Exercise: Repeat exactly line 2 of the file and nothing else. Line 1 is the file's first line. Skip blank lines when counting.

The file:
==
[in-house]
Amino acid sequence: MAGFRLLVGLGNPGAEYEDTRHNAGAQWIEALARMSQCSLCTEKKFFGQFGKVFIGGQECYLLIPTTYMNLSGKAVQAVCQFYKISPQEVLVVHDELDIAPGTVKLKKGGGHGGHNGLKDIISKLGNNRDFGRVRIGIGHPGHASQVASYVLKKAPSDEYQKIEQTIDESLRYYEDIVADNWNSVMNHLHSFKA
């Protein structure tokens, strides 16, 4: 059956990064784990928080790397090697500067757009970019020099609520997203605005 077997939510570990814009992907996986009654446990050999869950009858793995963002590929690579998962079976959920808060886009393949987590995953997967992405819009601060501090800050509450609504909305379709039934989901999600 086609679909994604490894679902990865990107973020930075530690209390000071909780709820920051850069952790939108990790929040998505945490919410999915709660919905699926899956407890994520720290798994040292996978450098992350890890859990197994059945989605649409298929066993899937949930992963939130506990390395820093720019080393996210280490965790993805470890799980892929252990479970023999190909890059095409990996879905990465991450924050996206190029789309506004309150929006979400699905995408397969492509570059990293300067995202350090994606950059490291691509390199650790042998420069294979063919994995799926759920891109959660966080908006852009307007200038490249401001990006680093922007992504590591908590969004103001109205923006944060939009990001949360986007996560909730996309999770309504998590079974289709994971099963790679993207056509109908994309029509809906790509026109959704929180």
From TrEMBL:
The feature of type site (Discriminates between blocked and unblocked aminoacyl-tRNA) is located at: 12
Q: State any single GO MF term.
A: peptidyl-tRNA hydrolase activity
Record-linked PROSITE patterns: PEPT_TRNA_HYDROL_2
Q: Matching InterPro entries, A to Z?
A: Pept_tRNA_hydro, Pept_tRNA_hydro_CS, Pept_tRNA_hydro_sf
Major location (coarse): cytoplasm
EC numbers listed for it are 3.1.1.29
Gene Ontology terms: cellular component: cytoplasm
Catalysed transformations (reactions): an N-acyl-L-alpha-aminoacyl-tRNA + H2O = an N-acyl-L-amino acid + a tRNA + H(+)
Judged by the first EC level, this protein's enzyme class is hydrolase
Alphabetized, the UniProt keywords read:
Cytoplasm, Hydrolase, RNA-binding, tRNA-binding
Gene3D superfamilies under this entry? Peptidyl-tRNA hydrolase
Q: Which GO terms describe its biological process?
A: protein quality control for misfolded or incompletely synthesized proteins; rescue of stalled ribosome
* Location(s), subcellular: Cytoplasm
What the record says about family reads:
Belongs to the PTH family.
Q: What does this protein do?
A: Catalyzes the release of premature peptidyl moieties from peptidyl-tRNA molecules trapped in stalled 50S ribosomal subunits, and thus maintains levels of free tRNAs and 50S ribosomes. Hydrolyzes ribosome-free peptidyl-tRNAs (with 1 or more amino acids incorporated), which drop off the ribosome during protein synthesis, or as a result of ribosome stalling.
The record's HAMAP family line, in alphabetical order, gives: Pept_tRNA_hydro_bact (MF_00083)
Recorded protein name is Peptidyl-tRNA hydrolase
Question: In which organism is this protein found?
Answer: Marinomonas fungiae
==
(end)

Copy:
Amino acid sequence: MAGFRLLVGLGNPGAEYEDTRHNAGAQWIEALARMSQCSLCTEKKFFGQFGKVFIGGQECYLLIPTTYMNLSGKAVQAVCQFYKISPQEVLVVHDELDIAPGTVKLKKGGGHGGHNGLKDIISKLGNNRDFGRVRIGIGHPGHASQVASYVLKKAPSDEYQKIEQTIDESLRYYEDIVADNWNSVMNHLHSFKA